How did Qatar appease Washington since the boycott?

  • qatar and the us

Before Turkey airlifted in infantry to help tiny Qatar defend against a potential invasion or against an internal coup, the Gulf stood on edge. Now, more than six months later, things are looking rosy for Doha.

Foreign Minister Mohammed bin Abdulrahman Al Thani and Defense Minister Mohammed al-Attiyah were in Washington at the end of January signing agreements and meeting with US Secretary of State Rex Tillerson and Secretary of Defense Jim Mattis as part of a US-Qatar Strategic Dialogue confab.

Al Attiyah told reporters the emirate will expand Al Udeid Air base, home to 10,000 troops. Al-Thani addressed an American Enterprise Institute special event on ‘Changing Dynamics in the Gulf.’ Qatar’s foreign ministry celebrated the victory-lap in the US with #QatarUSA tweets.

Turkey hinted it could deploy further forces to Doha. The only silver lining for critics of Qatar’s, is that the US announced it was labeling Hamas leader Ismail Haniyeh a Specially Designated Global Terrorist. Hamas leaders have frequently visited and resided in Qatar.

For observers of the Gulf, especially those who have criticized Qatar’s track record, the emirate’s success in Washington and in pushing its narrative in the media of being the “victim,” has been surprising.

Qatar, with a native population of only 260,000 and several million foreign workers, has a GDP half the size of Israel's. In the Gulf it has built up an impressive reputation, hosting a massive US military base, growing Al Jazeera as a media brand and hosting international universities and cultural events.

Unlike other GCC countries such as Bahrain, Kuwait and the UAE, it sought to have its own foreign policy. It supported the Muslim Brotherhood in Egypt, and has flirted with Islamist extremists for years, being accused of letting terrorists and terror finance flow through Doha.

The story of how Qatar surmounted the 2017 crises and became the toast of Washington again is filled with innuendo, infighting in the US government and a major PR campaign the emirate launched using lobbying and PR firms in the US. Some of Qatar’s efforts are public because firms it works with had to file with the US Department of Justice Foreign Agent Registration Act (FARA).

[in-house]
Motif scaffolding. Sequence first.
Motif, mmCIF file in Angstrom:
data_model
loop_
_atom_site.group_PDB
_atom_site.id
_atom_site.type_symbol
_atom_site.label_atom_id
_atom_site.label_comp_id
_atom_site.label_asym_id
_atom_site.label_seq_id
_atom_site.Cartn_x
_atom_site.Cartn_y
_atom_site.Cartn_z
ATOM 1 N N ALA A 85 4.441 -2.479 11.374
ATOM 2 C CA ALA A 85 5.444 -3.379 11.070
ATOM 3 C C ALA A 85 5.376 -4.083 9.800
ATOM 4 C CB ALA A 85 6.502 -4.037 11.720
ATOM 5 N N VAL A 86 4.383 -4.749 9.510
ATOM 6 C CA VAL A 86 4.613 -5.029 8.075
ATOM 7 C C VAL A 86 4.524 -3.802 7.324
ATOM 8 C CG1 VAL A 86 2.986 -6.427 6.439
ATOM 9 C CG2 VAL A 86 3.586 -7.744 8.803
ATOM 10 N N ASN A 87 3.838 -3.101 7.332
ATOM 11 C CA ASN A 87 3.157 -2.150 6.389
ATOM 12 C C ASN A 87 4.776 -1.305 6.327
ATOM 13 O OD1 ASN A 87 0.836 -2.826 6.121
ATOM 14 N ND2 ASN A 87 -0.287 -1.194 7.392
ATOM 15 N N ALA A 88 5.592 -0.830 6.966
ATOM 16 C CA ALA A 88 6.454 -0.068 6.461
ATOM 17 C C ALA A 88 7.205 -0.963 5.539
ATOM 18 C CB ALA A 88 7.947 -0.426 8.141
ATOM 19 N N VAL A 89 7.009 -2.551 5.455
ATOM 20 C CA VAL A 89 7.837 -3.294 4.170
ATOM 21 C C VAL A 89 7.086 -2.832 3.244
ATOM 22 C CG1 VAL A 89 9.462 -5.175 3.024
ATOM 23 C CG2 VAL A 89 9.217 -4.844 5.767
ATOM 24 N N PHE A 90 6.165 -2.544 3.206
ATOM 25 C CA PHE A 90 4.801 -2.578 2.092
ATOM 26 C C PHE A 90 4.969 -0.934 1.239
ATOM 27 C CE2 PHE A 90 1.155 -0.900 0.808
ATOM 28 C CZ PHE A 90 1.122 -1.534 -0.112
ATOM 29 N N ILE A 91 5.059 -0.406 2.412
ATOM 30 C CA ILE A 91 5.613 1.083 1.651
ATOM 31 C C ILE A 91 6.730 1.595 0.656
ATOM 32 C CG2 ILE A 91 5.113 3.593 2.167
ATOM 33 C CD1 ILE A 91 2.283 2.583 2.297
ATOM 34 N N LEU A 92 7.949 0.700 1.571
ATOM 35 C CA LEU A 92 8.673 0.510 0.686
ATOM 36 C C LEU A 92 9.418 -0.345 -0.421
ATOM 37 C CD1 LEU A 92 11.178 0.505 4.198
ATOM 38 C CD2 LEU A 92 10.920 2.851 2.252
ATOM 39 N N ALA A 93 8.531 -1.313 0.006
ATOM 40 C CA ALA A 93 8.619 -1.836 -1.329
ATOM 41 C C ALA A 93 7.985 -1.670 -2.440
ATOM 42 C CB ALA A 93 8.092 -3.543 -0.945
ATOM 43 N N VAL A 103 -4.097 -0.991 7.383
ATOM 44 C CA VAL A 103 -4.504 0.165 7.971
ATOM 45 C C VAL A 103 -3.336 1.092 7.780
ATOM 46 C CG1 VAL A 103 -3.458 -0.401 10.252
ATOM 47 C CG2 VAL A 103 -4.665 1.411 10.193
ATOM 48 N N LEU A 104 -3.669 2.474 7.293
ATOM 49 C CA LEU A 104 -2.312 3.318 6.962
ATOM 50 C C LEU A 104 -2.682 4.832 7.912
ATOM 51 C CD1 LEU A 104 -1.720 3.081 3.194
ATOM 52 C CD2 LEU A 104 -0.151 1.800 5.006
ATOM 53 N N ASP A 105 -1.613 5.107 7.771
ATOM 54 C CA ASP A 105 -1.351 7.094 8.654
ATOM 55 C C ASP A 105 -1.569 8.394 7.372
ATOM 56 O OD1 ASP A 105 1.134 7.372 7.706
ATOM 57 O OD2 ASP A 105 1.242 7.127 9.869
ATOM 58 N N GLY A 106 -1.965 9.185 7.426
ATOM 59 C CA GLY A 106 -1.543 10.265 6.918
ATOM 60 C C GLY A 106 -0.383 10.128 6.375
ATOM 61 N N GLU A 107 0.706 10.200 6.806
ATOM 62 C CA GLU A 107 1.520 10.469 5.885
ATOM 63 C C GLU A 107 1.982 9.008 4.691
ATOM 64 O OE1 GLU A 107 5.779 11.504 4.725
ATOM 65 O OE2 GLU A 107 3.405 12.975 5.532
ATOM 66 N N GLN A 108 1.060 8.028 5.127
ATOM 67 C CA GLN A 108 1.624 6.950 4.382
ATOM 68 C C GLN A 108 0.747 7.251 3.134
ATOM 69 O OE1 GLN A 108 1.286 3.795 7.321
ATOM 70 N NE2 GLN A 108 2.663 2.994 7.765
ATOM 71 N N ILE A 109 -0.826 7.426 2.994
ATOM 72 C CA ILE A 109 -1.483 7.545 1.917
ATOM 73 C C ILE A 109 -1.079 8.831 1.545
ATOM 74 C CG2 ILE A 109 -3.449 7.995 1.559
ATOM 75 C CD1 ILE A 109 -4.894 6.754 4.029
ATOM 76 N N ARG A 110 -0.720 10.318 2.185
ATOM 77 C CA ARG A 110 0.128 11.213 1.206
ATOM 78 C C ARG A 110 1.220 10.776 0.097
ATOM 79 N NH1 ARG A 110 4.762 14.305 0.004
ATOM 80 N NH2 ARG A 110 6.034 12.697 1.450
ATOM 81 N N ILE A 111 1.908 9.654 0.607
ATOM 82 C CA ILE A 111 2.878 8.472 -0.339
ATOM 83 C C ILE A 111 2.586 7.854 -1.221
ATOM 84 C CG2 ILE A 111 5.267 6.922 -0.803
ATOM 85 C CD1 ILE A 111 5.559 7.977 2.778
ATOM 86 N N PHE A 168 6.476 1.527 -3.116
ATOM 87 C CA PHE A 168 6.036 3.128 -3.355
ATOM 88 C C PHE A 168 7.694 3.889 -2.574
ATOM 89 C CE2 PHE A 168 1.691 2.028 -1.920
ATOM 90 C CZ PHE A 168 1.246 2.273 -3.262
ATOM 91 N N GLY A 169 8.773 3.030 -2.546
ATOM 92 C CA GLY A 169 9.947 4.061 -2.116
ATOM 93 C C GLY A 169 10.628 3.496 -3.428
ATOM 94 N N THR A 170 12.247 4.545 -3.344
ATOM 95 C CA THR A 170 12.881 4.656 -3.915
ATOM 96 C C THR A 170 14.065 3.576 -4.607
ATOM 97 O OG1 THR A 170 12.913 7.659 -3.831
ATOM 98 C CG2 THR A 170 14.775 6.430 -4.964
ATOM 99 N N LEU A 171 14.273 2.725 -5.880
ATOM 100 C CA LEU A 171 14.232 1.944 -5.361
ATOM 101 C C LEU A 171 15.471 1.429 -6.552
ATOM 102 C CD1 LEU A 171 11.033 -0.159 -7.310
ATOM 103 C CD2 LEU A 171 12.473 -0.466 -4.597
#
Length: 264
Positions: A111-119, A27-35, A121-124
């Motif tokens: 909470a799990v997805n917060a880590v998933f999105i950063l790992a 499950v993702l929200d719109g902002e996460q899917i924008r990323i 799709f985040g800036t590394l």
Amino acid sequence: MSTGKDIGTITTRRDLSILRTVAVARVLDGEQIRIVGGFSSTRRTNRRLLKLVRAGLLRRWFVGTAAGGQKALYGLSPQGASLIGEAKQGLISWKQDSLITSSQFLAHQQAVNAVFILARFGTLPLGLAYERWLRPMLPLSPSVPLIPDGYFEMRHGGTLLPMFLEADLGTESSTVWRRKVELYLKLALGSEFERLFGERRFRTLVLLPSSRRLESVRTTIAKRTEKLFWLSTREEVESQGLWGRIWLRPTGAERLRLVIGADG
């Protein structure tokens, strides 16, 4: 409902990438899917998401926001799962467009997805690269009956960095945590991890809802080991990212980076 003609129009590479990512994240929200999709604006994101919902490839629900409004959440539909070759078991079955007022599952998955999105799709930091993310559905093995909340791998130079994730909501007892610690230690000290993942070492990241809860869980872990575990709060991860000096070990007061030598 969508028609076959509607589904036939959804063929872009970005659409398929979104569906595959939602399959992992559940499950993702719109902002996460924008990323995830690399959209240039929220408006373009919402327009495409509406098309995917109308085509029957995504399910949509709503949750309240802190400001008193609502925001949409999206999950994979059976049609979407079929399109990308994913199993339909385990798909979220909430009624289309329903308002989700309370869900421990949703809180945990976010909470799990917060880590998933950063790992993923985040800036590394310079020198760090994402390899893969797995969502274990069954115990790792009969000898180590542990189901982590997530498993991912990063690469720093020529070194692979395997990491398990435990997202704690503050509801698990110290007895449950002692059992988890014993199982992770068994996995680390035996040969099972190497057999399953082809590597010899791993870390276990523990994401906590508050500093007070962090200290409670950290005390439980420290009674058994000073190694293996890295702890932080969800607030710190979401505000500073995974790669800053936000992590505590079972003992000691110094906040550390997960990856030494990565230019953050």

Between June and July 2017, Qatar retained the services of eight firms in the US, and then retained nine more later in the year. According to the filed contracts, Doha agreed to pay between 50,000 and $500,000 a month to each.

Total obligations if it kept the agreements for a year add up to $22 million. Qatar was up against similar lobbying by the UAE and Saudi Arabia, both of which also retain dozens of firms and pay millions for their services in Washington.

On June 7, Ahmed Y. Al-Rumaihi from the Qatari embassy signed an agreement with the Ashcroft Law Firm to engage John D. Ashcroft, former US Attorney General, to “enlist the support and expertise of former key government leaders,” to respond to the crises. According to the FARA filing the advise would include former officials from the “intelligence community,” the FBI, the Department of Treasury and Department of Homeland Security.

In essence Qatar was enlisting the help of a network of former officials and their friends in the media and government. A June 30th letter from another firm to the Embassy of Qatar spelled out how it would advocate on behalf of Doha; “liaison with Executive Branch officials and Members of Congress.” Two former members of Congress would go to bat for Qatar on the hill.

Qatar’s PR firms also printed up adds claiming “Qatar is America’s strongest ally in fighting ISIS,” and that the US and Qatar have “shared values.” Secretary of State Rex Tillerson’s pro-Qatar stance was highlighted in the leaflets.